However, we also know that diversity is the top priority for 78% of talent leaders. This is good news for us, because our goal at PowerToFly is to close these gender gaps as quickly as possible - and the more companies that get on board, the faster we can do that.

We partner with companies that are not only committed to diversity and inclusion, but to fostering a sense of belonging for underrepresented candidates once they accept job offers.

In the meantime, we know that the struggle for many women and other minorities in tech is still real, and that being a woman in this male-dominated industry is no cake walk. That's why we invited women engineers at some of our partner companies to share their experiences in their own words.

They shared some of the biggest challenges they've faced as a women in tech and how they overcame them, as well as why they feel supported and enjoy working at their current companies.

We hope reading about these experiences will make other women in software engineering realize they're not alone in the challenges they're facing, and that there are lots of companies making strides to better support women in tech. We also hope that reading this will inspire more companies to follow suit, especially given that women leave the tech industry at twice the rate of men.

Hats off to these 7 women and to the companies that support their work:

What's the coolest thing Promptworks does to support women engineers?

"One of my favorite things about Promptworks is how all the female engineers support each other. Having an amazing group of colleagues to lean on, vent to, and seek advice from has been vital to me. As soon as I joined the engineering team, I felt immediately part of this amazing family of women who also have my back."

—M.K., Software Engineer at Promptworks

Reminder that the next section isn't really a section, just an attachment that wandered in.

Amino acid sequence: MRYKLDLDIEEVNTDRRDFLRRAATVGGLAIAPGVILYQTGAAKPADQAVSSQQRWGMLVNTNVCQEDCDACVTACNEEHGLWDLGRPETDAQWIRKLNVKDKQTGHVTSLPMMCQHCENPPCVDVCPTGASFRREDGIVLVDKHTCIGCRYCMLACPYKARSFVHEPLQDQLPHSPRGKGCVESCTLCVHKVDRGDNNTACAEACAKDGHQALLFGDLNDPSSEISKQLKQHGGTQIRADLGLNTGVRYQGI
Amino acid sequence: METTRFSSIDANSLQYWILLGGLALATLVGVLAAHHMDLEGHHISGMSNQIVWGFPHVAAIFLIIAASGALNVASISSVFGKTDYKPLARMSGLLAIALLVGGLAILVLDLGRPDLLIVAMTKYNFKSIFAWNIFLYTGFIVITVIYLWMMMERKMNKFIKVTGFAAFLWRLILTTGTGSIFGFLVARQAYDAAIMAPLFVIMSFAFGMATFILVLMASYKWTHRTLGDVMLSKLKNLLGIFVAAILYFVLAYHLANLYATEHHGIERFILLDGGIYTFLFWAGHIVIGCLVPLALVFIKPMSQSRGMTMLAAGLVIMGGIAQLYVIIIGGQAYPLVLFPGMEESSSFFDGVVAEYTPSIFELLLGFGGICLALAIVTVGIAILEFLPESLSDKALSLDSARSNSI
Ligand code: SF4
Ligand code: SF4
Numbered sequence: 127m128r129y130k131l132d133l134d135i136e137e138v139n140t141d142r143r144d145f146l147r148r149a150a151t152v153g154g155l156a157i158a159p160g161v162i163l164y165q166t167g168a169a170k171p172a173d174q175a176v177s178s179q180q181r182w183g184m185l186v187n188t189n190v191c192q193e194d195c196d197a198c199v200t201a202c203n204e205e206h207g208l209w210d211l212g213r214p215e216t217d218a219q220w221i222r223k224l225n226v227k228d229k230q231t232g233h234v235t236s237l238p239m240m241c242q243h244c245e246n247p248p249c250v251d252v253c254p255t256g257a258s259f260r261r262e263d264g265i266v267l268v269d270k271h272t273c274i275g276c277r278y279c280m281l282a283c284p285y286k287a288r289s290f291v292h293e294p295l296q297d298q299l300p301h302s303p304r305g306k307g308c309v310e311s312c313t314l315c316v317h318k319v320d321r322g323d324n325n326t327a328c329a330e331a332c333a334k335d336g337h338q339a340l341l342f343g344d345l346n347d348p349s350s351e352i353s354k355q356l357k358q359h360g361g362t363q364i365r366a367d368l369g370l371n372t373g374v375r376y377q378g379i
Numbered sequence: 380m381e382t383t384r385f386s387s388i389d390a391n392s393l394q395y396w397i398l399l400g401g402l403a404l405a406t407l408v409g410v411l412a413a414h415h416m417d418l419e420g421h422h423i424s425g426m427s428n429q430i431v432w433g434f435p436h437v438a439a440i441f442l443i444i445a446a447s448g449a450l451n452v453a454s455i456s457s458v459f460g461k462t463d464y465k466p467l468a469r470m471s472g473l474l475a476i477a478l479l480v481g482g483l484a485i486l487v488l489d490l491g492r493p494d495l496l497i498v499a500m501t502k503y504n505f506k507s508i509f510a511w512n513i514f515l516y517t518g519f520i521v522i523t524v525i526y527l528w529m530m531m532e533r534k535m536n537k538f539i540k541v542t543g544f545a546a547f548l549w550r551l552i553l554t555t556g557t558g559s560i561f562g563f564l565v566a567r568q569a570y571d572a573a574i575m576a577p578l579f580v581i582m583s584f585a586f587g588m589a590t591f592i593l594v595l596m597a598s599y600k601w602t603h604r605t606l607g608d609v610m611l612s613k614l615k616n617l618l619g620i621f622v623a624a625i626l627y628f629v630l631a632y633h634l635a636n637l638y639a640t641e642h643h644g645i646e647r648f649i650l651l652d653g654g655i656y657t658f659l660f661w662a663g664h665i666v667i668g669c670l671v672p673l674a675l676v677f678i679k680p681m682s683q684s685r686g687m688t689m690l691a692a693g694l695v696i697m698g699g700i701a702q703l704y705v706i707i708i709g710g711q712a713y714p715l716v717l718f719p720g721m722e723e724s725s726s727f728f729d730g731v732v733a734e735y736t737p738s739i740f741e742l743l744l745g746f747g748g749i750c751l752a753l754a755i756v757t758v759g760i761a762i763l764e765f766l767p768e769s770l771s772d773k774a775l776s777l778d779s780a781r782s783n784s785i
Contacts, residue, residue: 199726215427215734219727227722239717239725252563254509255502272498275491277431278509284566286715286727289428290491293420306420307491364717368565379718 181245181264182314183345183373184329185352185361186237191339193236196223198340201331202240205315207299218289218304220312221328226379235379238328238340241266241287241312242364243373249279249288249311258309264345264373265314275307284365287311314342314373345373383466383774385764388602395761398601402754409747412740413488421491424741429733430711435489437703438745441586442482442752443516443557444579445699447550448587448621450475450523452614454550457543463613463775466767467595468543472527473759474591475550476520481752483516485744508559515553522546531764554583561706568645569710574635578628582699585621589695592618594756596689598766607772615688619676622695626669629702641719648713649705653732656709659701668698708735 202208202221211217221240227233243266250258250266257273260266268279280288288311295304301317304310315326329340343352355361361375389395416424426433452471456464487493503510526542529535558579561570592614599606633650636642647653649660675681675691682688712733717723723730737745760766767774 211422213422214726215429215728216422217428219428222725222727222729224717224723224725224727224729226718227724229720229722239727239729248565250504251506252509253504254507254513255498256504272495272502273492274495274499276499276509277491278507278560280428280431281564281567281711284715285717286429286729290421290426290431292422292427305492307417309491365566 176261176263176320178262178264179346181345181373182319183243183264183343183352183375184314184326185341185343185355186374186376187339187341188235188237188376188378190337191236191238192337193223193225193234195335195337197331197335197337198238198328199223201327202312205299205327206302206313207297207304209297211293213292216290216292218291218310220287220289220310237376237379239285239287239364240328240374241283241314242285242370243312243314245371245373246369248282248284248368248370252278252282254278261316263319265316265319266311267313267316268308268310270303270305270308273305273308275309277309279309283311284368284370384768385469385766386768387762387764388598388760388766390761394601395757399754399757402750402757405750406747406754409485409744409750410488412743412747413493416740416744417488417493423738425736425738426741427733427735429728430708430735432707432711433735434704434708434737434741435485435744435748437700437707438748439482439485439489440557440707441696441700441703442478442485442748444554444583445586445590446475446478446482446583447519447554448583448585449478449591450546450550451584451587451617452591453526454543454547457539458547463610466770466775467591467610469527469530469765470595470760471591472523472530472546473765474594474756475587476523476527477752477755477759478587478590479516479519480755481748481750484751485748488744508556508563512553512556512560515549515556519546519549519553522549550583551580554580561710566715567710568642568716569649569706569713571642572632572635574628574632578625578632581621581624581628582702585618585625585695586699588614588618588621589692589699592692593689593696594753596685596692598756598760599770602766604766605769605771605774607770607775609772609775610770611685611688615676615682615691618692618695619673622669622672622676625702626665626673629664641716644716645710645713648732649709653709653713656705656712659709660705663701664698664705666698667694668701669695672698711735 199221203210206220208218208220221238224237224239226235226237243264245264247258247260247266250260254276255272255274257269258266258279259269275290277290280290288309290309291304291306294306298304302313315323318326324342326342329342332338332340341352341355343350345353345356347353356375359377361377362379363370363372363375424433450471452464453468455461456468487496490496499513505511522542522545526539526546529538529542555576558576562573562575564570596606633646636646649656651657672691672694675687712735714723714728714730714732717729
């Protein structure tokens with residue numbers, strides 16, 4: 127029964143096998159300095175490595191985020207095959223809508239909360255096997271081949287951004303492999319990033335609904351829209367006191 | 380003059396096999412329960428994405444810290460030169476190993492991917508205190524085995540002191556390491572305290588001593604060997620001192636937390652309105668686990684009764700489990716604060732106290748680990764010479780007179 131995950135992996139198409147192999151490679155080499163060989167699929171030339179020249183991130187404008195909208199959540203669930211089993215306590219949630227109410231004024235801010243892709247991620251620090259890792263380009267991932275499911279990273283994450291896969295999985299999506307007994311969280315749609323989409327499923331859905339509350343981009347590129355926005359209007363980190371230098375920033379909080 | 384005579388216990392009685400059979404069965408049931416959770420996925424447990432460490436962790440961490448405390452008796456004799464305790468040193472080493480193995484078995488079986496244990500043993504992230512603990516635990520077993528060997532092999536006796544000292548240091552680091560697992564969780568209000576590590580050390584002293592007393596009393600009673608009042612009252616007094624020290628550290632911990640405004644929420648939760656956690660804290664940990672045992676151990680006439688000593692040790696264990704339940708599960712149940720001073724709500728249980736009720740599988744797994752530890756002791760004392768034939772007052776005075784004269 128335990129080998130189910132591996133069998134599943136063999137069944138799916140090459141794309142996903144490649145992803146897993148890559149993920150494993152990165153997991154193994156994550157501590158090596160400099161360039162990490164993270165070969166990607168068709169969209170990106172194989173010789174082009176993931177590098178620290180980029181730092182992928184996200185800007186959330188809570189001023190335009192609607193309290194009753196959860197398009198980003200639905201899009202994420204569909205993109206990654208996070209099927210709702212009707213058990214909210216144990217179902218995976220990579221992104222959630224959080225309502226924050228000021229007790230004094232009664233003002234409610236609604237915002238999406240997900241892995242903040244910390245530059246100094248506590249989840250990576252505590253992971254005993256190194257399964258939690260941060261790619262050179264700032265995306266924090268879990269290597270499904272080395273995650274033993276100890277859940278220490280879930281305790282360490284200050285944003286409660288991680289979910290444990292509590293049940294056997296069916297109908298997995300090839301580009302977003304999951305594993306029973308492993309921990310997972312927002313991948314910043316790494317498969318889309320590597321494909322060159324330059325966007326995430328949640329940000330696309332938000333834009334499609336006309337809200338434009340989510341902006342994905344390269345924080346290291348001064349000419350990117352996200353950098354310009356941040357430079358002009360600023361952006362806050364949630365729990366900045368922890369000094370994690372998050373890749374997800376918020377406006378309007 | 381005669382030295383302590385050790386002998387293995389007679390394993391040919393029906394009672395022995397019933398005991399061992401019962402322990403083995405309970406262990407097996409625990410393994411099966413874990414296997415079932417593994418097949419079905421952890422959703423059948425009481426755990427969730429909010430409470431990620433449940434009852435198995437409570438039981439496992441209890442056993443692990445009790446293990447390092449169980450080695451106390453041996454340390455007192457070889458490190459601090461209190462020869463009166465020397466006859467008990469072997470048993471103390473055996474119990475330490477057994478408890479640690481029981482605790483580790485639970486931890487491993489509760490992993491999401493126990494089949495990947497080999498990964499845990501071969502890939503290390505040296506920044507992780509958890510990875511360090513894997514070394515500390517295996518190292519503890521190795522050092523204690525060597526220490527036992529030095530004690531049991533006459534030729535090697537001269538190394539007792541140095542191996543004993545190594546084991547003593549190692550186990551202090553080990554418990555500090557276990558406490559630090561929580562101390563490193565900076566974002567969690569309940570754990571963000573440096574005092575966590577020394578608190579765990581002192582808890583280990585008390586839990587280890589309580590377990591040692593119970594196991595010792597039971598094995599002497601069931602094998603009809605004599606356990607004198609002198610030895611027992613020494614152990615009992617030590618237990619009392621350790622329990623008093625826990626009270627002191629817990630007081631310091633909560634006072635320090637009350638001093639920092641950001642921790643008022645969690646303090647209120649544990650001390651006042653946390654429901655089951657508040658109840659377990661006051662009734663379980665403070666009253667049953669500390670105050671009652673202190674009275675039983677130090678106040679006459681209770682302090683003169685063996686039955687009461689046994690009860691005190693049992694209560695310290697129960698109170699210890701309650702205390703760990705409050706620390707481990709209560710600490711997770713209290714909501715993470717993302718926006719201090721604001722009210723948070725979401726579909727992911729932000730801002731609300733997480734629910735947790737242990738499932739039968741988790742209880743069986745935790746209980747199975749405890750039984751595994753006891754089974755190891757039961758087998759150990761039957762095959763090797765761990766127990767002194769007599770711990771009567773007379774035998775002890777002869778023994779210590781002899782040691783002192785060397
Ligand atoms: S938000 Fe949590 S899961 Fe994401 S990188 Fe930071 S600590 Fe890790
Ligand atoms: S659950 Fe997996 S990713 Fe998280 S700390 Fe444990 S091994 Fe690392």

Want to join Promptworks' team of Women Engineers?
They're hiring!

More about PromptWorks:
Promptworks builds custom software for companies by creating amazing technologies that help achieve their vision.

Benefits include:
Monthly work-from-home flexibility, Collegial atmosphere with family-style lunch twice a week on us, ergonomic work stations including seated & standing pair programming stations, 100% company-paid medical, dental, and vision insurance, 401(k) plan with company matching and more!

Why did you choose to work at Yelp?

"The best thing about Yelp is the culture. I had an amazing interview process which reflected how much Yelp values their employees. Once I got through, I received a welcome card from my team and AWE group and I still feel very loved at Yelp. Also, I love the people! They are very smart and innovative and Yelp gives us all the freedom to vent out our creativity."

—Supriya, Backend Engineer at Yelp.

Want to join Yelp's team of Women Engineers?
They're hiring!

More about Yelp:
Yelp engineering culture is driven by our values: we're a cooperative team that values individual authenticity and encourages "unboring" solutions to problems.

Benefits include:
Medical, dental, and vision insurance - 100% covered for Yelp employees, 401k program with company match, parental program: Bright Horizons, mother's rooms, paid baby bonding leave, well being and stress management resources, and more!

What's the biggest challenge you've faced at Ubiquity6 and how did you overcome it?

"One of the personal challenges I've dealt with at Ubiquity6 is imposter syndrome, which was definitely amplified by working with so many incredible engineers. Thankfully, my team is really supportive and I have been able to take ownership over some important projects. The combination of getting great constructive feedback while framing my mindset towards improvement has really helped build my confidence as an engineer."

—Robyn, Software Engineer at Ubiquity6

Want to join Ubiquity6's team of Women Engineers?
They're hiring!

More about Ubiquity6:
We work with the design, infrastructure, and game engine teams to help guide the user through complex workflows involving spatial mapping, dynamic code loading, and game engine orchestration. Our challenge is to tie together all the different pieces of technology in a way that feels seamless to the end user.

Benefits include:
Generous PTO, flexible work hours, work-from-home, remote positions, medical and dental benefits including family coverage, and more!

What's the coolest thing Verisign does to support women engineers?